JC: I saw “The Fly” and “Dead Ringers” long ago, and I really liked them, especially “Dead Ringers.” I like things that would creep many people out or gross them out (but that's not WHY I like them).

DS: “Dead Ringers” is creepy because the male gynecologist invents tools that are made for how a woman's body is SUPPOSED to be, according to the doctor.

JC: Every time I have a bad dream and tell my mom about it, she tells me it's because I watch too many horror movies.

DS: Some of your poems are more like allegories because they have movie-like images. They might not seem overtly realistic, but the images make me uncomfortable, nonetheless. Your poems in POST-STROKE are more realistic because I picture you telling your true story.

JC: Some of my earlier poems fuse together real-life experiences with non-real life horrific-ness inspired by thoughts/feelings etc... As for POST-STROKE poems, I'm not sure how best to describe them, even though they make sense to me. They're shorter than most of my poems used to be. Another little way in which they differ is some of the word usage. Tons of food words used to infuse my poetry. Oddly, food words are an example of these easy little words that my brain cannot easily think of these days. The part of my brain most affected by my stroke must have been this part of things you learn when you were a kid, because big words still spurt out fine (yay) - but I have serious issues with food words, names, household items, stuff like that... Even colors! I have to concentrate hard to get color words right.

DS: My mother-in-law had a stroke in her early 50s, and she would often substitute words in unusual ways. I related to your poems more because of that. Did you substitute similar-sounding words in your poems before the stroke or just after?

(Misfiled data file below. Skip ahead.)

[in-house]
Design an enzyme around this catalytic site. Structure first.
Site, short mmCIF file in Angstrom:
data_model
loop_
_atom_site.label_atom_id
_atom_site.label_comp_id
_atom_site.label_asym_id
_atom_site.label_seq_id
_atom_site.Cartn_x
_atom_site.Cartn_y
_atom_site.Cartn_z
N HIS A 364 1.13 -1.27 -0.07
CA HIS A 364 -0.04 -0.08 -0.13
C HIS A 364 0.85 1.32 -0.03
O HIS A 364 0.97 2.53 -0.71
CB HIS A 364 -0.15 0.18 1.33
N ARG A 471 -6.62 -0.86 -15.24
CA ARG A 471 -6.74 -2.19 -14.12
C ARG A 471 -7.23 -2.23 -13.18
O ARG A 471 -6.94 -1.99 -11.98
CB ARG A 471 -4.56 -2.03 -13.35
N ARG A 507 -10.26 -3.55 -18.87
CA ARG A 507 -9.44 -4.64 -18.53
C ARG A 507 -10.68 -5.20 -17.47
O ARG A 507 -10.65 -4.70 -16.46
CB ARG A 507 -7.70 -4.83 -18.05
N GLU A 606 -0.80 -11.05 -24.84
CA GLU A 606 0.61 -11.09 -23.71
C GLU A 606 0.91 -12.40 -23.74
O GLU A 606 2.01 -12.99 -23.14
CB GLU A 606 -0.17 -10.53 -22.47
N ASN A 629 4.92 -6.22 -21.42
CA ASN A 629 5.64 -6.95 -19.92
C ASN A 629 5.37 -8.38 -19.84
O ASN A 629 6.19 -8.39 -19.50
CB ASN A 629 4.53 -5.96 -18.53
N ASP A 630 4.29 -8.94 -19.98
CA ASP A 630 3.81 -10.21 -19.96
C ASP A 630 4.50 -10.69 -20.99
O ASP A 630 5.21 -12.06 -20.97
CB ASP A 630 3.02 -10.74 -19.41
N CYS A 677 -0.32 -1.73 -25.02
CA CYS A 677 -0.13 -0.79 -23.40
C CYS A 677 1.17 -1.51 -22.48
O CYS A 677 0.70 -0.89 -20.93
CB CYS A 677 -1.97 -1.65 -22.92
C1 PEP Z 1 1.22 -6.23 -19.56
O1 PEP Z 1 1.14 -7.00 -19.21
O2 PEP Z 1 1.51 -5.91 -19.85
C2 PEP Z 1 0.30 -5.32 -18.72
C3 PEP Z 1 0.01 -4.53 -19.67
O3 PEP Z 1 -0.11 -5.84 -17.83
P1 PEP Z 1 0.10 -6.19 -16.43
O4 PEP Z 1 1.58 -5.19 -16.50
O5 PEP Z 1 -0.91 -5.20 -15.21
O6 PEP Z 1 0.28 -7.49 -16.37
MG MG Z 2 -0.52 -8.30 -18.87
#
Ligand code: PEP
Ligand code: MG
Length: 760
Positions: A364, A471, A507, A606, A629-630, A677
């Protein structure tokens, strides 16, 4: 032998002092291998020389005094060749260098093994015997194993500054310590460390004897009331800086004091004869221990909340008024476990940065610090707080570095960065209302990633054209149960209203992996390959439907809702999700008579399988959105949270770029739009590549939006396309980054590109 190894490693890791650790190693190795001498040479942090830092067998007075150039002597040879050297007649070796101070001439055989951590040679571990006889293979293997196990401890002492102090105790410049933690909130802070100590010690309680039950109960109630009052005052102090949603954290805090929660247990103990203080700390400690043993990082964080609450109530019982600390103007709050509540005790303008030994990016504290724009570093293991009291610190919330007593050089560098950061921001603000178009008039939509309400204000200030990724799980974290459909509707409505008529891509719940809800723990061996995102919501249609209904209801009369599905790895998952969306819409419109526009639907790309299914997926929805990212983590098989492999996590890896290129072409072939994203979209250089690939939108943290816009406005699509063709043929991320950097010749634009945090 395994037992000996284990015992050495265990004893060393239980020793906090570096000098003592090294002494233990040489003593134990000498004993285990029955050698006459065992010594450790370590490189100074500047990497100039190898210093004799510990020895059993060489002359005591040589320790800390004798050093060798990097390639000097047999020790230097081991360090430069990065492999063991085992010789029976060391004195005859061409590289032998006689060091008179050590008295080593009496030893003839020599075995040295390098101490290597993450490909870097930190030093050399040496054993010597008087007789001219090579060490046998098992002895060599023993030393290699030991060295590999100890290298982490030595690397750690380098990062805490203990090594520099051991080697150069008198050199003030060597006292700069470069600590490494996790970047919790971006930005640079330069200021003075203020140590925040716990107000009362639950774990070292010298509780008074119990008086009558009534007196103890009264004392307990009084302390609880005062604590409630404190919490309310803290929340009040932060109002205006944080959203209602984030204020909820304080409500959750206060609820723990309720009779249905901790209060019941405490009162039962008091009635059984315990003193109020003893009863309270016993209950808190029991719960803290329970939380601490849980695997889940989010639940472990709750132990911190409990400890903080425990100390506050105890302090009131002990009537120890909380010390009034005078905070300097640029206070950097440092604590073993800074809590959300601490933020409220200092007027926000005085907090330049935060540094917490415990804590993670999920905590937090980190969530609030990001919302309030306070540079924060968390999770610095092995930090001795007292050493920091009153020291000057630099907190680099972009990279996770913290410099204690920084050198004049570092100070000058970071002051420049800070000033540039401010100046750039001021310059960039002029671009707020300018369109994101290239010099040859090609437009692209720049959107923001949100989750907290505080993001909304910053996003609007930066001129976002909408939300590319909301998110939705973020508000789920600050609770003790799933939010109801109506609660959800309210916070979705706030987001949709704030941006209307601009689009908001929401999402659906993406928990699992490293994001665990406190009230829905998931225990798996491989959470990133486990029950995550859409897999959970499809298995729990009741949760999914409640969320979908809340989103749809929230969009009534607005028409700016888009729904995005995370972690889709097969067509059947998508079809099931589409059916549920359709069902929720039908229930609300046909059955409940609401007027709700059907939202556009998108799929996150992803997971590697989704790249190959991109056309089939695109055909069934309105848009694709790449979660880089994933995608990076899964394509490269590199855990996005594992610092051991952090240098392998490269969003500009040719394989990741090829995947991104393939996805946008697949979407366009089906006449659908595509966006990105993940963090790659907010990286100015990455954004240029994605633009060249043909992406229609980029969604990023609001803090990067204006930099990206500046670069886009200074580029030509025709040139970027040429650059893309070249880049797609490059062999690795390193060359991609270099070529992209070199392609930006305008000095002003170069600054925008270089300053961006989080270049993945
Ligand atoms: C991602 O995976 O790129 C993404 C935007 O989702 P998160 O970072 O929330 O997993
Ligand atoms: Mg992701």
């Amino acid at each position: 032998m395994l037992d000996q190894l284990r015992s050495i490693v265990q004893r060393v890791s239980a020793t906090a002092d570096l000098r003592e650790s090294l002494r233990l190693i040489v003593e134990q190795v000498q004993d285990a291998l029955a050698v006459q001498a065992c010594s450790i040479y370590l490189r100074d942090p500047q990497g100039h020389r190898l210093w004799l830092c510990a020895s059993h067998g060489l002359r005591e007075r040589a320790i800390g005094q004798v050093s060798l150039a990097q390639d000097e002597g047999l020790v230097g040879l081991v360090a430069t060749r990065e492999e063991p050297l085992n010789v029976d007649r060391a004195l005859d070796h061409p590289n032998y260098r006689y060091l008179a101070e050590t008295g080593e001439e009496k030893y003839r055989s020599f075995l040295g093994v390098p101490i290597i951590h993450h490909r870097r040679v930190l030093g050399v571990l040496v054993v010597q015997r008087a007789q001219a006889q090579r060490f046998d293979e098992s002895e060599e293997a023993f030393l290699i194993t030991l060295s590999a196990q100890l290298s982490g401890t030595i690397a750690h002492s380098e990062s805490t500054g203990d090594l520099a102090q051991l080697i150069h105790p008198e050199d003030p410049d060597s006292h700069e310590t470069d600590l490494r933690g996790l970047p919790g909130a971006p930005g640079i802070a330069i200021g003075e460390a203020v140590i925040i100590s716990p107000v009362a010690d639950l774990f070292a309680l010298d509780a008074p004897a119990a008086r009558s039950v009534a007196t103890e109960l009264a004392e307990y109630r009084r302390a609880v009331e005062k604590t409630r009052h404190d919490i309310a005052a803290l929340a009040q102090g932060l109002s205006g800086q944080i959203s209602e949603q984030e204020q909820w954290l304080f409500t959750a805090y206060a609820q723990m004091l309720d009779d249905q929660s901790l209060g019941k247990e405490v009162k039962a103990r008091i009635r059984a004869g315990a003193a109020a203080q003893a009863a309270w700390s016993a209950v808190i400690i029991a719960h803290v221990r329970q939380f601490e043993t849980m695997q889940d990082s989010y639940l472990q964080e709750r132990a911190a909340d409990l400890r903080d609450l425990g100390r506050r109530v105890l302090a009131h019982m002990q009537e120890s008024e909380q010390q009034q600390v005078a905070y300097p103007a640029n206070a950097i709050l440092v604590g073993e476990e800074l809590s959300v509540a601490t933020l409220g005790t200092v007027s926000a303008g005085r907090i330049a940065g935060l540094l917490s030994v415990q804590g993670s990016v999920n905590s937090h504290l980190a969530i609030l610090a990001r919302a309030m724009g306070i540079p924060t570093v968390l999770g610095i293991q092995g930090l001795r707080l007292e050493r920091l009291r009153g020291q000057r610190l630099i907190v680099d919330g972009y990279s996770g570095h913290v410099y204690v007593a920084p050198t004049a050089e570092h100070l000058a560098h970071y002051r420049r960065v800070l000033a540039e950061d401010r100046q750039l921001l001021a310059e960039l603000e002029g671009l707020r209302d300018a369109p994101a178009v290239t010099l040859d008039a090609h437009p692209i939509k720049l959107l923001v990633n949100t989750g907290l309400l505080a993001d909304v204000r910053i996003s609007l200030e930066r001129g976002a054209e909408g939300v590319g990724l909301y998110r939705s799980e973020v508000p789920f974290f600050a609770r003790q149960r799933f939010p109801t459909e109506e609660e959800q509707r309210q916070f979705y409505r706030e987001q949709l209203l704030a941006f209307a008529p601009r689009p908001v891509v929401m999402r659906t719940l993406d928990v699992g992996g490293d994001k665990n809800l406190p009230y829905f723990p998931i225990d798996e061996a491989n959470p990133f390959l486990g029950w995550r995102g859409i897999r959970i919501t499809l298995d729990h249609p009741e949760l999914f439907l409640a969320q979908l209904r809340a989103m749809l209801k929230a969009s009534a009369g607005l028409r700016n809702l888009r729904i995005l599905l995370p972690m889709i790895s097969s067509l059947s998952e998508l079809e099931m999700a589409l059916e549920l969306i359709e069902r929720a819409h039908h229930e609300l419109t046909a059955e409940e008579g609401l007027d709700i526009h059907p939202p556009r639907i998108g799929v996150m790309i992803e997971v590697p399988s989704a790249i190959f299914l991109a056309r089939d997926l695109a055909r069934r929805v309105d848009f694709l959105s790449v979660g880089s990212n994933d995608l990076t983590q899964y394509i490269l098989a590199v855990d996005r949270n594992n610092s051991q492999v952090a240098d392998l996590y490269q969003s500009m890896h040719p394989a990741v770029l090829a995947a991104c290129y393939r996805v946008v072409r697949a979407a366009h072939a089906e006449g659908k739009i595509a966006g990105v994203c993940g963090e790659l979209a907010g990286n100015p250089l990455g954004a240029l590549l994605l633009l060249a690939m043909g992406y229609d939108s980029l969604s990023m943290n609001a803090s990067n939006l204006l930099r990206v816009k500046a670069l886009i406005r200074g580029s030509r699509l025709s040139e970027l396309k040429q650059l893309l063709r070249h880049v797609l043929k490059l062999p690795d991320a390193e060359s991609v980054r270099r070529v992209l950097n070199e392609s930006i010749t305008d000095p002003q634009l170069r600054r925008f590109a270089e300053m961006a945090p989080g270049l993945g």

JC: I think most people who talk to me in person would have no idea (at least not quickly) that I'd had a stroke because I've gotten to the point where I am good at substituting some basic word I can't think of with another word - even though sometimes it annoys me that it's not quite the right word. A BIG word to use in a poem will spurt out of my head and FEEL right, but I'm not sure what the word MEANS. I'll have to look it up in, and occasionally it won't make the right kind of sense, but USUALLY it will. Odd, eh? Another odd word-oriented issue with my brain is that oftentimes, I can't think of some easy little word, BUT my brain can visualize its first letter and relative length - and sometimes if I write down that first letter, then the word comes back.

DS: Did you have poetry in your head while you were still in the hospital? Maybe it was there but you couldn't write it down.

JC: I remember when I was still in the hospital telling me mom that I had all these writing projects to work on as soon as I got home, and she got this weird look on her face and made some remark about how my reading was going to be a little slower for a while, and I didn't believe her, and she handed me a magazine, and even the letters made no sense. I couldn't spell my own name. I still had poetry in my head but no way to express it.

DS: I am trying to imagine what that would be like...

JC: It was tough, BUT I honestly think that my passion for reading and writing and poetry is what led to a pretty good recovery. I think a lot of people in a time like that would maybe go to therapy but watch TV at home, whereas I repeatedly worked on trying to read no matter how long it took.

DS: You mentioned that you have mixed feelings about your poetry. How do you decide how/what/where to submit?

JC: I don't dislike my poetry pieces (I just question the semi-repetitive content on a larger scale). If I feel good about a poem, I'll start submitting it right away. However, I don't write as much as I used to (because everything about me is slower), so thus I don't submit as much as I used to.